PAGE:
When you created your trust, you did a lot of thinking and figuring and finally named someone to be your successor trustee in case anything happens to you.  But, as your life moves along, the choices you made when you created your trust may have to be changed.  Your trust can easily be amended and changed.  One of the more common changes people want to make in their trust is a change in successor trustees.  The individuals you choose as successor trustees may die, move, change their values, or have any one of a dozen issues that would make you want to name new successor trustees.

What next? When you set up a trust, it is advisable to have an ordered list of people who you want to act as your successor trustee. The successor trustee will take over when you die or become incompetent and can’t act as trustee for your trust.  If your first choice for successor trustee won’t work out for some reason, then your second choice would act.  I usually have clients name three or four choices.  There are lots of considerations you should take into account when you name successor trustees.  I go through some of the considerations in my YouTube video below.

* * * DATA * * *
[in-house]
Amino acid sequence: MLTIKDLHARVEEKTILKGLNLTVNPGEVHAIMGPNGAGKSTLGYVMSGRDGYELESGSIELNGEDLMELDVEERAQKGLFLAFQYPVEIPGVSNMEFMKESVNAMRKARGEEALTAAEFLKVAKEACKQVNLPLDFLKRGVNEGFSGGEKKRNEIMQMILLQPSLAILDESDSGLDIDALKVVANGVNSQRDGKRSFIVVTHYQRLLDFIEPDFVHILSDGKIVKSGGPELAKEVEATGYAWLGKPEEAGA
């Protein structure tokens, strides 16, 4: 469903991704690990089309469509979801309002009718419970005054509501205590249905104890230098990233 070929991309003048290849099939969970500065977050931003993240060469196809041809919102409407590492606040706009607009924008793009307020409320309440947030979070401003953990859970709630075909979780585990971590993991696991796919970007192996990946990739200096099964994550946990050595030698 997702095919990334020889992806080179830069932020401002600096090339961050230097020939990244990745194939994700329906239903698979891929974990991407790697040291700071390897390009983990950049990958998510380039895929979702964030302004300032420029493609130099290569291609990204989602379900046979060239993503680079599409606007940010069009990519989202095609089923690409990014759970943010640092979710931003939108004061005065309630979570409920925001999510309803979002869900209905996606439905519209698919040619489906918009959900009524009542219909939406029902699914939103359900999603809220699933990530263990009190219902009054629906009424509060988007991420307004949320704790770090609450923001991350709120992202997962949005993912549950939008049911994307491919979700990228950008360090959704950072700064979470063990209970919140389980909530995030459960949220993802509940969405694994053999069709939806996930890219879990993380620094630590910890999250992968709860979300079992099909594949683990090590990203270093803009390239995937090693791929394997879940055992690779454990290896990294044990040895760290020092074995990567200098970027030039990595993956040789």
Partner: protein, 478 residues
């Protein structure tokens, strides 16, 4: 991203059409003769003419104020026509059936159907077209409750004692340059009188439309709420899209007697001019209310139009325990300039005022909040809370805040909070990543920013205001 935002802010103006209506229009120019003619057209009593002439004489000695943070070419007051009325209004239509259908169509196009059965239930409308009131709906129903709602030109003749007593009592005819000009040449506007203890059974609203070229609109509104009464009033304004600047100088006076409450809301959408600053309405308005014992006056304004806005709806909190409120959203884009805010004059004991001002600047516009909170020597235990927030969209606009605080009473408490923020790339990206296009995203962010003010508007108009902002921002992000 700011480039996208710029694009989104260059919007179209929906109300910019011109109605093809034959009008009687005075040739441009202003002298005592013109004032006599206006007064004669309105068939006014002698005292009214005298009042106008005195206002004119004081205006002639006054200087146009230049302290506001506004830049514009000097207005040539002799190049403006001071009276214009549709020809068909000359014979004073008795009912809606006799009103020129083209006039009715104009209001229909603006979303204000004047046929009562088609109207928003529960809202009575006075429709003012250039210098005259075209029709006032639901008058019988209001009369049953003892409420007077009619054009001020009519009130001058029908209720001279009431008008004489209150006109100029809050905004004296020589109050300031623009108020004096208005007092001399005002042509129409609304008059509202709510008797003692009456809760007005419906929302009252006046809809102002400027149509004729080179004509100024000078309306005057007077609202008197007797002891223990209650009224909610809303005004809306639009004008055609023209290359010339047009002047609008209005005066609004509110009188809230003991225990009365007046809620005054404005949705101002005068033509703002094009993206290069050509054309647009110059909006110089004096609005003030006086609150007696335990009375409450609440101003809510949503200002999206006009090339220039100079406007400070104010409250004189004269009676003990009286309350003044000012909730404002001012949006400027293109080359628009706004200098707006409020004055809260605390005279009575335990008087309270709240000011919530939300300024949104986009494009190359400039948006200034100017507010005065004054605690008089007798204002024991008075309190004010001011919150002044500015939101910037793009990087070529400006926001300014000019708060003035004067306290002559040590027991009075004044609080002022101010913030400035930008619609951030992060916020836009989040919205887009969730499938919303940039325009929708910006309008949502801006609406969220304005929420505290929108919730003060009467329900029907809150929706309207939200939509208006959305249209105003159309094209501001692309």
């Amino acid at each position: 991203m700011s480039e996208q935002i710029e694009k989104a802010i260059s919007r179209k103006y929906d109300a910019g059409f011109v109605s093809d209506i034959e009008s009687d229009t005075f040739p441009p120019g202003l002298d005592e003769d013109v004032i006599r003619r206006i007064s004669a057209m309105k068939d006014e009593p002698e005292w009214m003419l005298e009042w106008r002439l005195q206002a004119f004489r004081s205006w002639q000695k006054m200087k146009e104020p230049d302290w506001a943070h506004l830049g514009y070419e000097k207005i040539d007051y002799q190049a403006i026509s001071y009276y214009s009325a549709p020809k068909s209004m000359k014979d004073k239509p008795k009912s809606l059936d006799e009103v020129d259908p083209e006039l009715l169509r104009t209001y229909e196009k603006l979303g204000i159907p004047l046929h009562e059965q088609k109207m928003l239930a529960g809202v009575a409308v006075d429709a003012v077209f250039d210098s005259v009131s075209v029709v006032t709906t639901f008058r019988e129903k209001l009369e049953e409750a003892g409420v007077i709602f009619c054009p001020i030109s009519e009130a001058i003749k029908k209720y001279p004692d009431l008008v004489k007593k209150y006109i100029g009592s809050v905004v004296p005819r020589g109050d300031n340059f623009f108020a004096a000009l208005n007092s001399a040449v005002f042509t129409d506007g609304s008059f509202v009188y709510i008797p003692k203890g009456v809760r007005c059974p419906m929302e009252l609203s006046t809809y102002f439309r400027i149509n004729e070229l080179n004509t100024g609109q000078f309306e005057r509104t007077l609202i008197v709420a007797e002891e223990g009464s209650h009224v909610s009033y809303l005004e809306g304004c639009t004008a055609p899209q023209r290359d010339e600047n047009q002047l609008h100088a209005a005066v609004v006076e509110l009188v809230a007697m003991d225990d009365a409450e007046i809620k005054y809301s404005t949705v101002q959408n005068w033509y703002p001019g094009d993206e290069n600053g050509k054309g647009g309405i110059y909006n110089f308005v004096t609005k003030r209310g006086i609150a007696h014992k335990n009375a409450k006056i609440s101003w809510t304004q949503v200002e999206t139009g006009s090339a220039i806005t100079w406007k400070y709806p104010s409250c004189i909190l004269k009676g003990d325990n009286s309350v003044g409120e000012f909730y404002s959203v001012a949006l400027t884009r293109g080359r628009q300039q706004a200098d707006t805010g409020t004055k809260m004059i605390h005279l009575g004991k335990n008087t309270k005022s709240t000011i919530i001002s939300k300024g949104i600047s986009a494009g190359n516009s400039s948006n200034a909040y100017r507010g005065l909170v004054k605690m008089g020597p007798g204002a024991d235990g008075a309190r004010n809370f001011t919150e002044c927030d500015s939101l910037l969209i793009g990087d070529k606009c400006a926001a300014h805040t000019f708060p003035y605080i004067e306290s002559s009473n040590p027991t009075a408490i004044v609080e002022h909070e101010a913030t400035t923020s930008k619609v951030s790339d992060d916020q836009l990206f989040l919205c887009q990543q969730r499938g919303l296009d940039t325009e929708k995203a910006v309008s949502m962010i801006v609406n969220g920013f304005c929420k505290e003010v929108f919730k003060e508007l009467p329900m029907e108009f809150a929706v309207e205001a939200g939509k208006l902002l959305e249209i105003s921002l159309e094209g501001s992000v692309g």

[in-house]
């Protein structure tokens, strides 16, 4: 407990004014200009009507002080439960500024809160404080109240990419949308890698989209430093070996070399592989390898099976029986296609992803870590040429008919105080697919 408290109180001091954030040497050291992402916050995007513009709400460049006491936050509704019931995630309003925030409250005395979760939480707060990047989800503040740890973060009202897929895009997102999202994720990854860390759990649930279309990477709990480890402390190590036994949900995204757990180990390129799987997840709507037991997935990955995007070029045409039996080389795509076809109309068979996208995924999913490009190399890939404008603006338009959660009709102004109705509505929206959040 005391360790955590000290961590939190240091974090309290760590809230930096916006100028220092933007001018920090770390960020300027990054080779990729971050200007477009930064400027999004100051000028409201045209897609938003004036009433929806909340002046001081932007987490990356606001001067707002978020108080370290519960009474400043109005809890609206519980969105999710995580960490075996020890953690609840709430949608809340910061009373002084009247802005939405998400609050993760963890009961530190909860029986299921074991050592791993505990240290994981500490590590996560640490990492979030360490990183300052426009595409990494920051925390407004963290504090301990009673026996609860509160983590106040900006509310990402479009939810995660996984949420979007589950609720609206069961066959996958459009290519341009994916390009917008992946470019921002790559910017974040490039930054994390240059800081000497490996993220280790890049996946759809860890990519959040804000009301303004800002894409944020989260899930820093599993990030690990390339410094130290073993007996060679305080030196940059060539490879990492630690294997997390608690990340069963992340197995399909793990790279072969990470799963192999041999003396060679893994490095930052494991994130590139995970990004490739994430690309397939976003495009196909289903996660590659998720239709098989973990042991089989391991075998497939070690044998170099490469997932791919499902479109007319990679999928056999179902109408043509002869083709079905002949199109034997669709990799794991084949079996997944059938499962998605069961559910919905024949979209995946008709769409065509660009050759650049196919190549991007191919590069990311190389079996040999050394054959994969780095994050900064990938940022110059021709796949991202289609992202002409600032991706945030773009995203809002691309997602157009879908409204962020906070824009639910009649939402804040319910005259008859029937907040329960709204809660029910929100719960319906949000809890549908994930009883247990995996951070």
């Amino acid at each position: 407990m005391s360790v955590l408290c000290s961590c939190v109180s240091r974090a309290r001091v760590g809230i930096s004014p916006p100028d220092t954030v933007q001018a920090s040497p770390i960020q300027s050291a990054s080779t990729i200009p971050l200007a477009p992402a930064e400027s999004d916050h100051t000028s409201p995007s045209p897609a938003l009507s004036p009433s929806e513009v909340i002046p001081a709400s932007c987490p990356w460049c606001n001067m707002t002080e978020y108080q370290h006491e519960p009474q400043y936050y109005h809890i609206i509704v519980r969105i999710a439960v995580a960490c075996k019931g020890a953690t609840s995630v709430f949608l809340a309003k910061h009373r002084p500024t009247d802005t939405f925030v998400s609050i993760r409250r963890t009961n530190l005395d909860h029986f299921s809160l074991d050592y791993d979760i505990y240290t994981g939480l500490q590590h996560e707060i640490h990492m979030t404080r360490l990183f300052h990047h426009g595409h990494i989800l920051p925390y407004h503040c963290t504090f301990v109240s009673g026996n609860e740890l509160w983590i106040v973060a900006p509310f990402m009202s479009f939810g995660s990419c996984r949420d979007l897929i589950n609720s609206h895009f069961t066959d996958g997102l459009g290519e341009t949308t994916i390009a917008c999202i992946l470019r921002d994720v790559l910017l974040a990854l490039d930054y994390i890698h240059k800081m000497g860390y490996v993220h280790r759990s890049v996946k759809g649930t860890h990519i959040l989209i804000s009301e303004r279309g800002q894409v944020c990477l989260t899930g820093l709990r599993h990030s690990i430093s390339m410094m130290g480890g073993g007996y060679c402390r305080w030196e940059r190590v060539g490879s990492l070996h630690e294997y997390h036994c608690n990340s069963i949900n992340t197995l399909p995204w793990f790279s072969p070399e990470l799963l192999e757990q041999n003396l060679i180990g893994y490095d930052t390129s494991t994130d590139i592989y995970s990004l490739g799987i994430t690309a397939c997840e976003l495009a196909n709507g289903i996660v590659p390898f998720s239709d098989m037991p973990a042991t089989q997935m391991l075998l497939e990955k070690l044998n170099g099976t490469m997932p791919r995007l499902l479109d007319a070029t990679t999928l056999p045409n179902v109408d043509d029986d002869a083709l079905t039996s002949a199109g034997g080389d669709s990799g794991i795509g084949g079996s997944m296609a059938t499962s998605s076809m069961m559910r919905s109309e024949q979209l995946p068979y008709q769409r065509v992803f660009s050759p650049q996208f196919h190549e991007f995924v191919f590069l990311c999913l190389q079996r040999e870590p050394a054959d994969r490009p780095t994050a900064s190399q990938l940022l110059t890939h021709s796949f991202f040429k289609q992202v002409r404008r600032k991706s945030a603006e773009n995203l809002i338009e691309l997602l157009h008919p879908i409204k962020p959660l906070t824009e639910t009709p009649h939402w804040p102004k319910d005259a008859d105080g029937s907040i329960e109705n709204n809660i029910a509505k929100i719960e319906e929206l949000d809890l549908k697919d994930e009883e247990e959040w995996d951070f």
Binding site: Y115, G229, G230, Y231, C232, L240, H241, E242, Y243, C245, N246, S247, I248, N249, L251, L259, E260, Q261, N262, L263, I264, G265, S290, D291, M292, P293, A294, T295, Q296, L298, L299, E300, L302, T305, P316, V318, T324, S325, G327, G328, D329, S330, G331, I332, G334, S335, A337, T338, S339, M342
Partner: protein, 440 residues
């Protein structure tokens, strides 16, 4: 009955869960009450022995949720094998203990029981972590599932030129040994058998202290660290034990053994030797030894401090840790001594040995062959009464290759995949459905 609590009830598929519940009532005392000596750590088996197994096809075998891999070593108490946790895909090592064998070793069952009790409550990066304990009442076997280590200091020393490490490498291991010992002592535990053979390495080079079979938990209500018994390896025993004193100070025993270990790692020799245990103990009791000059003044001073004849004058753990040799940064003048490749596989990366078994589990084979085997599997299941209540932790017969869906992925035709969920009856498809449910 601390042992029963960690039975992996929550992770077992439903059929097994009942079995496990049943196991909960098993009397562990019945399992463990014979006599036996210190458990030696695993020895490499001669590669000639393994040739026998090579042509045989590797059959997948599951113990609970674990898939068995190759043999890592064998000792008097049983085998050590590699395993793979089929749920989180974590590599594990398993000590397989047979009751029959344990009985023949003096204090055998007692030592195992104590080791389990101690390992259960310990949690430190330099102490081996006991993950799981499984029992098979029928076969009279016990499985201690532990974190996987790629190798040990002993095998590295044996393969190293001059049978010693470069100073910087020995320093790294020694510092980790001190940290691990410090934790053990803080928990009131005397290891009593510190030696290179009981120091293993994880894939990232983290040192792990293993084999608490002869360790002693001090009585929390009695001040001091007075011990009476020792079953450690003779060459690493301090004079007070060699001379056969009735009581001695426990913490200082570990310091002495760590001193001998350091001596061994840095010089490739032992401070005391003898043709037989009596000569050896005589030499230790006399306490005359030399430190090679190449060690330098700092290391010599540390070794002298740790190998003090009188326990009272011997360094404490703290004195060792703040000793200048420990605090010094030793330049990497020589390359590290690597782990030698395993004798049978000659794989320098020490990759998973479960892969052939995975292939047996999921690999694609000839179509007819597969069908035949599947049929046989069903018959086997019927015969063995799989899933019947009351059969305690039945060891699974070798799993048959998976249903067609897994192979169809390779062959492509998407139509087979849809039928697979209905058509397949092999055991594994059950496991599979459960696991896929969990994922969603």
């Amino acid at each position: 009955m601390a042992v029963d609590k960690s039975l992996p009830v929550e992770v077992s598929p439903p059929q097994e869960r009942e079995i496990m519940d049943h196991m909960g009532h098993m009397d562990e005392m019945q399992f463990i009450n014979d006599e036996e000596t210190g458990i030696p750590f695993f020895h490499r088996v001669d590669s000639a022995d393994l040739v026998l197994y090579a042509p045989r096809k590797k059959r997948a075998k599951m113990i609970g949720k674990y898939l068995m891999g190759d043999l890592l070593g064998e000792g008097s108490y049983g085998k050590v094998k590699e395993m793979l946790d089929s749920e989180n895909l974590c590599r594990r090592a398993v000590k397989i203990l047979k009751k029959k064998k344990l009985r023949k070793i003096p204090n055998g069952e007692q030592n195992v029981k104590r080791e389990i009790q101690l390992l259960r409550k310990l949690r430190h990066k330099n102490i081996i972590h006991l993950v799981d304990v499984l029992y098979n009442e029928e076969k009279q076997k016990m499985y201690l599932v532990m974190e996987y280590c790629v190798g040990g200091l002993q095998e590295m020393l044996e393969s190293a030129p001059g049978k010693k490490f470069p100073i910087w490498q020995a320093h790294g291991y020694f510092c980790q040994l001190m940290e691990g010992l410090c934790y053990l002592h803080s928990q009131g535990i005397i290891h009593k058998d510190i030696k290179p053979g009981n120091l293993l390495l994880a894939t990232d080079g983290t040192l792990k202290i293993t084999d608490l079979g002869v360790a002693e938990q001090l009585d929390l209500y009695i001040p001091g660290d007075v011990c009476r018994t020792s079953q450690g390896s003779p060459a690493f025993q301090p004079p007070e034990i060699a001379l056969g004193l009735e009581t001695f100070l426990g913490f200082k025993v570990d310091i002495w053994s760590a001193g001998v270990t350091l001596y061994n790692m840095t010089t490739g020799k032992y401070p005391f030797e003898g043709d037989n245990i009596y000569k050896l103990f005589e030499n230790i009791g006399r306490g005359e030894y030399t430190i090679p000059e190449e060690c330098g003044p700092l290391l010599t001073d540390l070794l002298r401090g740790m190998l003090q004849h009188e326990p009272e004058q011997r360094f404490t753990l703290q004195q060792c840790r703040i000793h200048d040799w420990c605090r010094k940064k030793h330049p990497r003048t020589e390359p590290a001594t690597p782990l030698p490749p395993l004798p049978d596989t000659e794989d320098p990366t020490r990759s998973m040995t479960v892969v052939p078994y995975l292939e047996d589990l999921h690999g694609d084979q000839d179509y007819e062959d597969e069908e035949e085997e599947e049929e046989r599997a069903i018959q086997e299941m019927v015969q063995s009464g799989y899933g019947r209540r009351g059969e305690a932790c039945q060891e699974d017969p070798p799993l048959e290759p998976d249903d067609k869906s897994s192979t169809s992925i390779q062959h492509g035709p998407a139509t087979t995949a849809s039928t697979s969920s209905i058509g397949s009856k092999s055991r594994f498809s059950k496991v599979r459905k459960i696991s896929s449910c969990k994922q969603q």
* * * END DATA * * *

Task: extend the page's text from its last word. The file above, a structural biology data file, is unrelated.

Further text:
Your top choice should be listed first, followed by others who can step in if your first choice can’t perform the trustee duties. If you have multiple children, it is generally a good idea to include all of them on the list, if only to avoid hurt feelings.

Names lower down on the list have a pretty low chance of serving.  You can name anyone as a successor trustee.  Naming your lawyer isn’t a good idea, because it creates a conflict of interest. You could name a bank, though the lawyers and banks will charge relatively high fees. In rare cases, having an independent party, even with a fee, many be preferable in order to avoid family conflict.

It is possible to name two or more trustees to act jointly if needed, but realize that the more people there are who have to be involved to decide on a course of action, the more difficulties there will be in managing the trust effectively. If you do want two trustees, then you can still name a list and have the first two act as joint trustees.

It is a good idea to review and update your estate planning documents at least once every decade. As circumstances change, you may realize you need to change the order of your trustees in the list. This can be done with a simple amendment to your trust.

Learn more about how to set up your entire estate plan in my book Protecting Your Financial Future.

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